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Pregnancy and Postpartum Stretches

by Massage Therapist, Alanna Kinsman

As pregnancy progresses, it is important to note that your posture shifts to redistribute the weight of your growing baby. This usually results in tightness in the lower back, neck and chest. If you are experiencing any pain, stiffness or discomfort, stretching can help alleviate pain during pregnancy and improve your range of motion. This means a smoother and more comfortable pregnancy. Stretching daily can help lengthen your muscles and loosen your entire body. This will make you more comfortable, especially while you're pregnant.

If you’re feeling uncomfortable or sore, doing these stretches daily can help alleviate your symptoms during pregnancy.

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Half Moon Pose

Interlace fingers pointing the index finger up ahead, press the feet into the floor, reach the fingers and crown up while relaxing the shoulders back and down. Keep legs and buttocks engaged while reaching up through fingers and crown. Inhale reaching high, exhaling increasing your side bending.

This opens up muscles along the sides of the body and improves core strength.


Flexion Stretch

Lie on your back with your legs extended. On an exhalation draw knees to your chest and clasp your hands around them.

Aids in managing low back pain symptoms.


Rotation Stretch

Lie on your back, bend your knees and put the soles of your feet on the floor, knees pointing up towards the ceiling. Drop your legs to the right and breathe into the low back. Move back to neutral followed by dropping your legs to the left.

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Lumbar Twist Stretch

Start by lying on your back. Draw your knees in toward your chest and let your left leg fall back down. Draw your right arm out palm facing down, place your left hand on the outside of your right knee, exhaling drop your right knee over the left side of your body.

Stretches back and glutes. Lengthens, relaxes and re-aligns the spine.

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Bridge Pose

Lying on your back, with both knees bent, place your feet on the floor hip width apart. Lift your hips, inhaling, rolling your spine off the floor. Press down your arms and shoulders to lift your chest up. Breathe, holding for up to 8 breath cycles.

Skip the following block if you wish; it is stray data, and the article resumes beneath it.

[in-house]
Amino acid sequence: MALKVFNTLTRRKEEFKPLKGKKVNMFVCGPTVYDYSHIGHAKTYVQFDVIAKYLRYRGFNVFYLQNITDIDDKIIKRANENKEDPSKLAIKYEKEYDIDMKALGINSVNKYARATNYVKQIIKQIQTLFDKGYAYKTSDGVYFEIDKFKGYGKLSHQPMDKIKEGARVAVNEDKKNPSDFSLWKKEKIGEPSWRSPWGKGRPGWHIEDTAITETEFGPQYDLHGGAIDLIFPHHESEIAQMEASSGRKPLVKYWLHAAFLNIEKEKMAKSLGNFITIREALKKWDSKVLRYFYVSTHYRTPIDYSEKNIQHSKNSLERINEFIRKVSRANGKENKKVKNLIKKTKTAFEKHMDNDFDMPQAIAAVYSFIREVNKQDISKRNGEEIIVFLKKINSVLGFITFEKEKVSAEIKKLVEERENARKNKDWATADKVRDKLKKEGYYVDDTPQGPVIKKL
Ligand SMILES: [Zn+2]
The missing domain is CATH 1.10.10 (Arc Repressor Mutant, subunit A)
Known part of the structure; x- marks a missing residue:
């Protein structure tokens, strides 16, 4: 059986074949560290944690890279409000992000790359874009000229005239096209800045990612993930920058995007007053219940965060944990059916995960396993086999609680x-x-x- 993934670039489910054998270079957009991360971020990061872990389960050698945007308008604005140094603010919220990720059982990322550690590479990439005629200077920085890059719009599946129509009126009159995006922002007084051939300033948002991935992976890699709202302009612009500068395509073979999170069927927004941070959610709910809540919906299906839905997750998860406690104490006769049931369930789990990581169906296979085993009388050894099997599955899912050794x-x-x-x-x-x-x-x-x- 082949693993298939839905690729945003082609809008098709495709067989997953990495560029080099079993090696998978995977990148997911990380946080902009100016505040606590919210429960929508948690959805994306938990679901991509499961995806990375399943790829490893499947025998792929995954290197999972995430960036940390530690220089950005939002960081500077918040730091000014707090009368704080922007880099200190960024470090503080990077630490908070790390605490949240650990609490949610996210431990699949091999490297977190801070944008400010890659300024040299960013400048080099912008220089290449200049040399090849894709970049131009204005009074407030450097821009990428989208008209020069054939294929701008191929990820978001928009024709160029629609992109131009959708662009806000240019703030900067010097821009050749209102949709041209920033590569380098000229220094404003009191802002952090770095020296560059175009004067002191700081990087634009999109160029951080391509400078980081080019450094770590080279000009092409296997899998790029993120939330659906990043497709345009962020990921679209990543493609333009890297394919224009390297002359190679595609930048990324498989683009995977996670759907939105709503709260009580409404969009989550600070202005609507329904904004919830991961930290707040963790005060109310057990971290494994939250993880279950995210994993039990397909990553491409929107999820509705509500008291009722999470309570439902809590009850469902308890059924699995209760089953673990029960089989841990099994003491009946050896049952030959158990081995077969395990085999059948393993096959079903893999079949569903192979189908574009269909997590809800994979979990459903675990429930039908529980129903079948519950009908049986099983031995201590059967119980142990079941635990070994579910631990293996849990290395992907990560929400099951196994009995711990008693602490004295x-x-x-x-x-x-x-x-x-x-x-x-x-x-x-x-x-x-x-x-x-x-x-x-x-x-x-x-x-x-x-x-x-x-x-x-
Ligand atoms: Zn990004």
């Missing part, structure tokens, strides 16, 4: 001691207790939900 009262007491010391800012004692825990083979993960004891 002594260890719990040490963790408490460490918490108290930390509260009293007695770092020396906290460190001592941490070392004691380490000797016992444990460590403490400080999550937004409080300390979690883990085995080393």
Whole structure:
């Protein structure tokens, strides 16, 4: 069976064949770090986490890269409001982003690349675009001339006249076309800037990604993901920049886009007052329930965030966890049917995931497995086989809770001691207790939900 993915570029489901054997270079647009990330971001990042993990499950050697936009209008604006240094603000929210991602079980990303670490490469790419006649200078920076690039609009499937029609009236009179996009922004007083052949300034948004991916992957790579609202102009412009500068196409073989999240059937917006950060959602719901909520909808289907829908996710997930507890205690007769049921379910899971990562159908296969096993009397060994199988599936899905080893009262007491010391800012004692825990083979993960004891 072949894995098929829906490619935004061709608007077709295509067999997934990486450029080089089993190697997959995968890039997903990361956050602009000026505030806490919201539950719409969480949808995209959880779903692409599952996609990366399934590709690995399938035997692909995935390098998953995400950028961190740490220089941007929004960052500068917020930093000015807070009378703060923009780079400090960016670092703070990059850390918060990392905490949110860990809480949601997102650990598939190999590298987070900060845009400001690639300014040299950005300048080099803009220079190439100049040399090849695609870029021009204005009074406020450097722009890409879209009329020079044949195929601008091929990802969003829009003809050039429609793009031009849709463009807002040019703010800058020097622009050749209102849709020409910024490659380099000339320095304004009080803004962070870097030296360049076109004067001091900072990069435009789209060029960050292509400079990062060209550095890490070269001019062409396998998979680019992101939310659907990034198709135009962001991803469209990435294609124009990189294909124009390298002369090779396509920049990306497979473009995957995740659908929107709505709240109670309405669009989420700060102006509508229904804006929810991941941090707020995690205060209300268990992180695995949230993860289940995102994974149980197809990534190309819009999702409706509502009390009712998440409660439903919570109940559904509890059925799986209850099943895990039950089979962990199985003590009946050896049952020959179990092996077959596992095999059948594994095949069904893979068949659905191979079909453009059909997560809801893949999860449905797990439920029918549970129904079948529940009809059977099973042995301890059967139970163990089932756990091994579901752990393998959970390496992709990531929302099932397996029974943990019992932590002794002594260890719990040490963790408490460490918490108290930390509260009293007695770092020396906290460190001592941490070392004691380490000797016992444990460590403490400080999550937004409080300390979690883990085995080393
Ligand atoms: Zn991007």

Strengthens chest, neck, spine and hips. Improves digestion, calms nervous system.

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Pigeon Pose

Starting on hands and knees, bring your knee forward behind your wrist on the same side. Slide your opposite leg back straightening the knee and pointing your toes. Draw your legs in toward each other to help your hips square.

Opens the hip joint, lengthens the hip flexor.

** It is important with this pose to use bolsters and blankets to fully support your spine and head. Use as much height as you need to make this position reasonably comfortable**

** It is important with this pose to use bolsters and blankets to fully support your spine and head. Use as much height as you need to make this position reasonably comfortable**

Reclined Hero Position

Seated with your legs tucked under your body, exhale, lowering your back and torso towards the floor. Use your hands to move your front ribs down slightly and lift your pubis toward your navel. This should help lengthen your lower back and lower it toward the floor. Lay your arms and hands on the floor at 45 degrees palms facing up. Try to avoid splaying your knees wider than your hips, this can cause a strain on the lower back and hips. Lay into this pose for up to 3 minutes.

Stretches thighs, knees, ankles, abdomen, and deep hip flexors. Helps relieve tired legs and improves digestion.


During pregnancy and postpartum, it is important to keep a relatively relaxed diaphragm with a deep diaphragmatic breathing technique. This technique it focused on taking intentional deep breaths into your belly watching it rise and fall. It is best to do this technique before falling asleep as it can have a deep relaxation effect on the body. After birth giving your body an adequate amount of time to rest is important before jumping back into physical activity. Avoid jumping activities up to 6 weeks post delivery, as your body needs this time to heal.

Avoid sit up motions after delivery as it can push all your abdominal organs and viscera that have been stretched from pregnancy downward. Instead focus on lower limb strengthening with active resistance while lying on your back against your engaged core muscles. Avoid lifting your mid to upper back in these exercises. Lift your neck to engage your upper abdomen, keeping your core engaged (abdomen tucked) and using an active resistance on your lower limb.

Tip: you can do 15 reps of active resistance per session 3 times a day. This is especially good in cases of diastasis recti where the abdominal muscle down the center of your abdomen weakens and separates.

Every pregnancy is unique. Should you have any questions, feel free to contact Alanna using our contact form or by calling 902-406-7200.